What Makes a Legendary Leader? The 3 Levels of Leadership

Episode 2 : What Makes a Legendary Leader? The 3 Levels of Leadership

On this episode of the Inspirational Motivational Leadership podcast host, Scott DiGiammarino shares about the Three Levels of Leadership. Scott found it interesting, over his career that he has been asked on a consistent basis, “What’s the number one characteristic that a legendary leader needs to have to make a difference on an ongoing basis?” Scott was asked, “that if you would put together the perfect leader?” “And you would say, here’s the number one thing that you need in order to walk the party on a consistent basis?” “What would that be?” He shared that his answer has been consistent over the years, because they’ve done a lot of research on this. And what they found out is, to truly make a difference in people’s lives, to truly get consistent results. According to Scott, what leaders should do is to genuinely care about their people. And on this episode, Scott underline the word “genuinely”.

 

Scott walked his listeners through the three levels of leadership. Scott DiGiammarino shared that in their studies, they found that there are people out there that truly genuinely care about their people, their employees, their students, their team members. Second, is there are people that just care and then there are people who just don’t.

Scott started discussing from bottom up. Scott shared about the people that don’t necessarily care upfront. Those who sometimes get into leadership positions because they’ve hung tough long enough and they’ve gotten good results. Those who are unconsciously competent, they do what they’re doing but they don’t really know how they did it. And it’s hard for them to transfer that knowledge to somebody else, and what will happen to those kind of leaders as Scott called them as the “Road Runner Effect” leaders. He describes Road Runners as those who are running so fast on what they’re doing. Road Runner leave everybody else in the dust, and people are constantly asking them to slow down. But Road Runners want their subordinates to pick up their pace and catch up. And over time, the people that Road Runners are trying to lead will go from following them to tolerating them to despising them. Scott pointed out the no one wants to be that type of leader.

He then shared about the next type of leader. The ones that truly cares about their people. And this is the majority of type of leaders. Whether you’re a corporate leader on any level. Professor, teacher, trainer, coach, etc. and these are folks who do the right things on a consistent basis. Scott gave an example of the Second Type of Leader, those leaders who show inspirational movies, those who’ll share inspirational quotes, those who are incredibly positive, they’ll bring in motivational speakers, the ones who will take you up to lunch in your birthday, the leaders who do all the right things. And the team will actually do okay on a consistent basis, because people like and respect them. And this is the group of people that are always part of the 80% of leaders that consistently get a great job.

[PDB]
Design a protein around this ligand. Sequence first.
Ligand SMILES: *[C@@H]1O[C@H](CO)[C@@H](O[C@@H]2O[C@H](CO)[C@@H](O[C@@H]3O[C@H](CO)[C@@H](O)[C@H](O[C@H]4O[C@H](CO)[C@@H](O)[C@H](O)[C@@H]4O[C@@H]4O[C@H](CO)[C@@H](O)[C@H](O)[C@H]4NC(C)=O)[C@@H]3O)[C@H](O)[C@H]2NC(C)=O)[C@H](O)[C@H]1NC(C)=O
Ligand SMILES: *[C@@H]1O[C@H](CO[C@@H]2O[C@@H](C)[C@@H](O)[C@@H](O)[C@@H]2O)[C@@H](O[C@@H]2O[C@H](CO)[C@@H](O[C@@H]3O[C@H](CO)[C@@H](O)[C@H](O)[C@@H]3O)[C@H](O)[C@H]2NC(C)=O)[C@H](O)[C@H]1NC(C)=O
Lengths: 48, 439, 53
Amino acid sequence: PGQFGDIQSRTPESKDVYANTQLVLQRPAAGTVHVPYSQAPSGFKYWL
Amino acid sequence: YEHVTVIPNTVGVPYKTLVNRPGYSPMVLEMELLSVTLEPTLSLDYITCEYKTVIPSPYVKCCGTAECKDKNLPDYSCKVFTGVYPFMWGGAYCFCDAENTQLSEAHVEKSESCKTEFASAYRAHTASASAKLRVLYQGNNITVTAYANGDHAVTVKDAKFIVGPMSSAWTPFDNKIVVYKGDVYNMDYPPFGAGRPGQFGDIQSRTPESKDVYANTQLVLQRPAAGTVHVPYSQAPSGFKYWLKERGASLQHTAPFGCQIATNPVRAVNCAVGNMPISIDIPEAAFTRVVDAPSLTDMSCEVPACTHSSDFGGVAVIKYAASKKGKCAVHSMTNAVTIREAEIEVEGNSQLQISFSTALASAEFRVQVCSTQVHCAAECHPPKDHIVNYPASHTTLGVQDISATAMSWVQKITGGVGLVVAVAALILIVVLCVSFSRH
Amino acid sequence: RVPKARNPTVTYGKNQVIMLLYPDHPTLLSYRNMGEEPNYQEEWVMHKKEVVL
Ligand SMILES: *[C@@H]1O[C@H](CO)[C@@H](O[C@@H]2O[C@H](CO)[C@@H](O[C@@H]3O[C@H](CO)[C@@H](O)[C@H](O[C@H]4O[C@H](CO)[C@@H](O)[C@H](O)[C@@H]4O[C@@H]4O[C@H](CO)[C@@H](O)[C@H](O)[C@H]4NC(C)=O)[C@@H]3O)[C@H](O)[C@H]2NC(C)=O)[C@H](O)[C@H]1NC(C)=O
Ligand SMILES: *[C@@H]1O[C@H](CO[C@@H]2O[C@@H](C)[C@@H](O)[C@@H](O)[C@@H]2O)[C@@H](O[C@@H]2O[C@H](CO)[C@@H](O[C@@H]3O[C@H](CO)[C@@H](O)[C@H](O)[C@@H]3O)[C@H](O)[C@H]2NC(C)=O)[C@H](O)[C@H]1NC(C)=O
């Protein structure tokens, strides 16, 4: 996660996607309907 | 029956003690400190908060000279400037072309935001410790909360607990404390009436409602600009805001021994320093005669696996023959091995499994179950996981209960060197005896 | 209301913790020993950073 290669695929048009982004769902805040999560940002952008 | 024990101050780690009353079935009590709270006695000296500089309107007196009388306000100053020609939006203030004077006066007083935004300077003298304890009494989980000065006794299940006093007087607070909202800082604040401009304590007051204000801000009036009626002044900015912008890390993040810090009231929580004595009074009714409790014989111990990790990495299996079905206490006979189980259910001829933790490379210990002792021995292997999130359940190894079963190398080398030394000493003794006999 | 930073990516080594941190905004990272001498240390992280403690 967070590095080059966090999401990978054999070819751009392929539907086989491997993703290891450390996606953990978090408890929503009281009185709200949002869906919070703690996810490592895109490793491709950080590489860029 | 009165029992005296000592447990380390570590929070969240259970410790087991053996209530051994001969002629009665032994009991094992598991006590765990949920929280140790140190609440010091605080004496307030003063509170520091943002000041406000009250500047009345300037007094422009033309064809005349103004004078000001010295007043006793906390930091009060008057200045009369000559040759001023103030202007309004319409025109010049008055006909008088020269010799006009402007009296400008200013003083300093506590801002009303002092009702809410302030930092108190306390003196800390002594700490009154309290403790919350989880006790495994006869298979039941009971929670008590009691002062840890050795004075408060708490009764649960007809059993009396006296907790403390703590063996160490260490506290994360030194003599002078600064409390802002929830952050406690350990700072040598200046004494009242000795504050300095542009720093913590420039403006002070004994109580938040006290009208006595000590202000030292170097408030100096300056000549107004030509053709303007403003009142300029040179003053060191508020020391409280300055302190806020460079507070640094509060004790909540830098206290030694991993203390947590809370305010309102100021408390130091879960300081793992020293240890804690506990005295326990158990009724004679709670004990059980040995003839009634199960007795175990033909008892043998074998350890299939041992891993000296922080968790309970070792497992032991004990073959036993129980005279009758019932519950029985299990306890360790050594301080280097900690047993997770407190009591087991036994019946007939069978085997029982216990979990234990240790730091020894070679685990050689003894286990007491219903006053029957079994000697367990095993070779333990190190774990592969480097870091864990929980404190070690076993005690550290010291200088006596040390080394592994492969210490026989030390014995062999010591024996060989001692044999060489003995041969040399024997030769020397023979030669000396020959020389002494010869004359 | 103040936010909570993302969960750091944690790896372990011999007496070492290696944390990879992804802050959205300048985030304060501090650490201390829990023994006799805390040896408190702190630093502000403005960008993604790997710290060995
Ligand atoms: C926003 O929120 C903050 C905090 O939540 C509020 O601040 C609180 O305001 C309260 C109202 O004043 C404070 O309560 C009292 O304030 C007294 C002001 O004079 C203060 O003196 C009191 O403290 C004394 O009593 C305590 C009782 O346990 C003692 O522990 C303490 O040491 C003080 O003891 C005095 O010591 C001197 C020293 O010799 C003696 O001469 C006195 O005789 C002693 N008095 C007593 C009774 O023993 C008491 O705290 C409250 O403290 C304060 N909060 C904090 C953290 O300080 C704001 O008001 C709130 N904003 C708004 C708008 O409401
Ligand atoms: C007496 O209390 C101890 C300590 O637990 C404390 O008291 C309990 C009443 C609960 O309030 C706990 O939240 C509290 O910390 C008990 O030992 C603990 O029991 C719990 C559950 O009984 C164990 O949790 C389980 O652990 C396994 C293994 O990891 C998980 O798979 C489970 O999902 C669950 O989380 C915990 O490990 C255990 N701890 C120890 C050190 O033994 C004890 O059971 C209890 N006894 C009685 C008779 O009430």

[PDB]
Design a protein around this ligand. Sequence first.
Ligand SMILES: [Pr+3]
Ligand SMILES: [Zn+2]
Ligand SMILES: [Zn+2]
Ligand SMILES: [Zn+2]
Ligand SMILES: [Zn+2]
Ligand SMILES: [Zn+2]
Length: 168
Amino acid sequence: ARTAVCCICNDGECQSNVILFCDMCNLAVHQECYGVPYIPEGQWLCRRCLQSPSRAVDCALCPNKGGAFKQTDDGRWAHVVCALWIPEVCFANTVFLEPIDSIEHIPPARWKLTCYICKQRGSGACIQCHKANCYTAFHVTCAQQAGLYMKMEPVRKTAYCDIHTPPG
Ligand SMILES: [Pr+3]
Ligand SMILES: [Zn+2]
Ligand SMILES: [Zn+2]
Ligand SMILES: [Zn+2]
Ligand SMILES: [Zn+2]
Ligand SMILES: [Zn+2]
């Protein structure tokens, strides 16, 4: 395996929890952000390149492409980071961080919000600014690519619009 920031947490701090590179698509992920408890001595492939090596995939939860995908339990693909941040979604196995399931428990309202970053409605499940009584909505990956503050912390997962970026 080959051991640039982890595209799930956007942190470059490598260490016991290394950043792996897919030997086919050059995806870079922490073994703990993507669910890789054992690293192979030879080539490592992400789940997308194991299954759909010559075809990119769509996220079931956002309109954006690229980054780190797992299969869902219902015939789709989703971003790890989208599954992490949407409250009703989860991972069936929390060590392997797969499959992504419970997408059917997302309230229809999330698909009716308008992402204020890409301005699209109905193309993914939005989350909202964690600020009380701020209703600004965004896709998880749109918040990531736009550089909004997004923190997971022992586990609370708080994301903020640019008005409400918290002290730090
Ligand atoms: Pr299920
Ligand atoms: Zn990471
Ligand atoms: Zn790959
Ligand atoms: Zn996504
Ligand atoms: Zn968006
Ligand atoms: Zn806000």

The Empowering Leaders: what they try to do and what they’ve learned over time

Scott then mentions that there’s also a group of people that separate themselves from everybody else. This is the group of leaders that do things differently. And they’re unique, and they’re special. And they’re the ones that are constantly getting incredible results. And these are the folks who genuinely care about people. And what Scott meant by genuinely care is they go above and beyond to get to know their employees or get to know their students both on a personal and a professional standpoint. Scott gave an example that this kind of leader probably would ask all the right questions. They will ask their employees or student to share to them about their background. Tell them a little bit about what decisions and what they did when they were four years old that made them, them today. These leaders will ask  a little bit about what their dreams and aspirations are, both professionally and personally. And the stories they’ll receive from their employees or students is on a personal note. These leaders would know that maybe they) want to lose weight this year, maybe their goals are to be a great mom or dad, maybe they want to pick up a skill like they want to learn how to play a piano, play the guitar, maybe they want to travel a couple times a year and also they’ll learn about what their leader wants professionally. What are their leader’s goals? Scott shares that the leader will then share his personal views and goals whether to go on the east coast or west coast. So what’s interesting about this is the leader will be able to learn about their people’s why. Great leaders take the time to understand the what, the why and the how of their employees or students. What they’re looking to achieve both personally and professionally. Why is it important to them? He emphasizes, it is not what leaders can do to get them there, it is how leaders can help them to get there. Scott calls them, the Empowering Leaders. What the Empowering Leaders try to do and what they’ve learned over time is that if this leader can help people get what they want, they as the leader might have a better chance of getting what they want. 

 

It’s all about being real and taking time on understanding people.

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